The Countryside Alliance has today (16 December) welcomed the publication of Ofcom’s Connected Nations Report 2016, which provides the latest picture of superfast broadband and mobile coverage across the UK.


The Report shows that 1.4 million premises remain unable to access broadband speeds over 10 Mbit/s, the speeds required to meet a typical household’s digital needs, which is also the proposed speed of the Government’s Universal Service Obligation. This is down from around 2.4 million in 2015 although 960,000 premises in rural areas are still unable to access download speeds above 10Mbit/s. Superfast broadband, measured at 30 Mbit/s, is now available to 89% of UK homes although only 59% of homes in rural areas are able to access superfast speeds.


The Report finds there is still a lot more to do, particularly in boosting mobile and broadband coverage, and improving the quality of service provided by telecoms companies. For example, rural areas still lag behind on broadband, with around a quarter of rural properties unable to get a 10 Mbit/s connection and 4G coverage in rural areas is only 37% of landmass, compared to 89% in towns and cities.


Countryside Alliance Head of Policy, Sarah Lee, commented:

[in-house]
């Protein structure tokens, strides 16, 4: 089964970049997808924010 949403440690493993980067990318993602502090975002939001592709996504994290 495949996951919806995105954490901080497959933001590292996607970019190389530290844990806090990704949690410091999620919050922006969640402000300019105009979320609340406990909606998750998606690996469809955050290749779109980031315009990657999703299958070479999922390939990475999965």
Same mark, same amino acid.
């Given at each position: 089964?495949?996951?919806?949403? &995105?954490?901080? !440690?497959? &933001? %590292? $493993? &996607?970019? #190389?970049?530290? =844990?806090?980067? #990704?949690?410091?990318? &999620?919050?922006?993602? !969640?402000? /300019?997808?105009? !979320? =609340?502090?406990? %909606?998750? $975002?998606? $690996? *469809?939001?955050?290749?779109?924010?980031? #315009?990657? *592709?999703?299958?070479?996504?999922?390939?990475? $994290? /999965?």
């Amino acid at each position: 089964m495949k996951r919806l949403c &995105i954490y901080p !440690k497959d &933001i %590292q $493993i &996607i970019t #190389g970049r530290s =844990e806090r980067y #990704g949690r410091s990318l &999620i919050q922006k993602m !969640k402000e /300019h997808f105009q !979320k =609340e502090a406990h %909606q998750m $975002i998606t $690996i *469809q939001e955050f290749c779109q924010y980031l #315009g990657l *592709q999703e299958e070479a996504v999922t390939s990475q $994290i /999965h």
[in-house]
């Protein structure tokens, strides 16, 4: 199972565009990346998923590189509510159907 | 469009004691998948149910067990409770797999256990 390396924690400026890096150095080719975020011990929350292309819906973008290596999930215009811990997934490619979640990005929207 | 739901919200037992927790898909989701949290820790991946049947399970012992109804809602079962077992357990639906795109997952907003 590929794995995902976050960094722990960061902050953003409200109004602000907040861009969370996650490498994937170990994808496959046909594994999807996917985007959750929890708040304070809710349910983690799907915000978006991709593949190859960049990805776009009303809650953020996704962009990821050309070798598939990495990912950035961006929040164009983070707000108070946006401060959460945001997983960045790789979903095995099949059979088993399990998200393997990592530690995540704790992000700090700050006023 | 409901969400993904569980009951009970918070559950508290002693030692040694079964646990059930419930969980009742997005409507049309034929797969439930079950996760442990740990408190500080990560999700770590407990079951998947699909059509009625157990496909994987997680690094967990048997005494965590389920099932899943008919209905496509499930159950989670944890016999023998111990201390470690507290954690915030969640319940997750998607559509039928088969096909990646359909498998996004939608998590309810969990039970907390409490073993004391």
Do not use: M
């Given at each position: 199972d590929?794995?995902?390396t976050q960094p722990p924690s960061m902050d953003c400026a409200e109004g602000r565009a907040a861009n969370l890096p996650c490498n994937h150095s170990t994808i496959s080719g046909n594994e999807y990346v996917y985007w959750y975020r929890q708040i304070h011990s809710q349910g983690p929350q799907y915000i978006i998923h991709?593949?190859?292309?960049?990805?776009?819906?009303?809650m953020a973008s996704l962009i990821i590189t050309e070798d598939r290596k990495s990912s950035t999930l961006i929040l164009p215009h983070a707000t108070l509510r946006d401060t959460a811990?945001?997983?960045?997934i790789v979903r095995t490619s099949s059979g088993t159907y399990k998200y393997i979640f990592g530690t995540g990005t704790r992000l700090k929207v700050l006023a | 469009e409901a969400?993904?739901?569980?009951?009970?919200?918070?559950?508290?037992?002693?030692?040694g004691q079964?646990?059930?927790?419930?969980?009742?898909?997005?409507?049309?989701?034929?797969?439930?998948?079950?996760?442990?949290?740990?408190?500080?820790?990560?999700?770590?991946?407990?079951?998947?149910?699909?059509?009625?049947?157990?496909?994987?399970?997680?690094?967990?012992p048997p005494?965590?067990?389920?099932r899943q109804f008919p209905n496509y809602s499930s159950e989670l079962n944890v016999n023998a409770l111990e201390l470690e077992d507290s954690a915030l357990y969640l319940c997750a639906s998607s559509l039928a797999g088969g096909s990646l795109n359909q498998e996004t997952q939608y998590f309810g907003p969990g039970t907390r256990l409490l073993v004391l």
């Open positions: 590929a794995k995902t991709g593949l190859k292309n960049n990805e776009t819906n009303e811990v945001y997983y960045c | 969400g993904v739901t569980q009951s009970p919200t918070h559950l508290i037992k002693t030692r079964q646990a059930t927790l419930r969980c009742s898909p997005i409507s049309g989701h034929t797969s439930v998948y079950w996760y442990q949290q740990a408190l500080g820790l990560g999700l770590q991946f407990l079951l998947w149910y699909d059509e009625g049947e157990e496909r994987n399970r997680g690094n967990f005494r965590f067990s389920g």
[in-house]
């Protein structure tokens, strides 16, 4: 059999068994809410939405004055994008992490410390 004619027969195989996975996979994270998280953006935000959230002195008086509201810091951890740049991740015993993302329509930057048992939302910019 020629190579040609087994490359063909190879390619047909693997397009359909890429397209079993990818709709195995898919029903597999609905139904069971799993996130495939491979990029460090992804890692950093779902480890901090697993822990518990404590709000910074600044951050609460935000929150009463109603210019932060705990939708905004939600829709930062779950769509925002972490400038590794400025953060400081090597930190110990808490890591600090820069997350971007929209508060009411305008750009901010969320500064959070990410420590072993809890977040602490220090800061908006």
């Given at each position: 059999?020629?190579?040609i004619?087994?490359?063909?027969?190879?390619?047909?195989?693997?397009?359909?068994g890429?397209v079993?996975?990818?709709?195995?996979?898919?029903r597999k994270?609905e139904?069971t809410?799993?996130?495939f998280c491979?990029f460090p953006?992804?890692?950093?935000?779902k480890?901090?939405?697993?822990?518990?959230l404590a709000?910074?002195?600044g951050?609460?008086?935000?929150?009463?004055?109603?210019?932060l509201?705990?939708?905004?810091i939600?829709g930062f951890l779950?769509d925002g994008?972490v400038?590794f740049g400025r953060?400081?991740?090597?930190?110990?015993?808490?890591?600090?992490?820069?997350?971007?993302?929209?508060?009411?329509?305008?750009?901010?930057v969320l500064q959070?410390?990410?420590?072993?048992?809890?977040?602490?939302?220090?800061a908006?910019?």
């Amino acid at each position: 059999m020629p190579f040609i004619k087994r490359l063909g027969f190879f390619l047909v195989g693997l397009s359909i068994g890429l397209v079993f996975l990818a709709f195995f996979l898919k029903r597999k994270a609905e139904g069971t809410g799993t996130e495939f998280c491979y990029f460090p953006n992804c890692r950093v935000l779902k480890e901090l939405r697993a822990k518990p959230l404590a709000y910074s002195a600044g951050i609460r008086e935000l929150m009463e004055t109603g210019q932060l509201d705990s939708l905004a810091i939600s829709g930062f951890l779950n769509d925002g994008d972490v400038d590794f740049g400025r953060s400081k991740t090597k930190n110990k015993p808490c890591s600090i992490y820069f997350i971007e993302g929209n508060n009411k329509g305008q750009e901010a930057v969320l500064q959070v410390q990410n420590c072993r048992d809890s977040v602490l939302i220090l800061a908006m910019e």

“The Report tells us that while the digital divide is declining, it still exists. We welcome the improvements in broadband coverage but it is disappointing that 960,000 homes in rural areas still cannot get an adequate broadband connection and the Report makes it clear that future commercial roll outs are unlikely to fully address the problem. Coupled with the fact that geographic coverage for mobile phones is still poor and 4G remains mainly in urban areas, we continue to be concerned that rural areas are still being left behind.


“With the drive for digital by default these figures are unacceptable. We fully support the challenge from Ofcom to broadband and mobile operators to go beyond built up areas but we call on Ofcom and the Government to take action now to improve connectivity or the countryside will be left digitally behind forever.


The full Report can be viewed here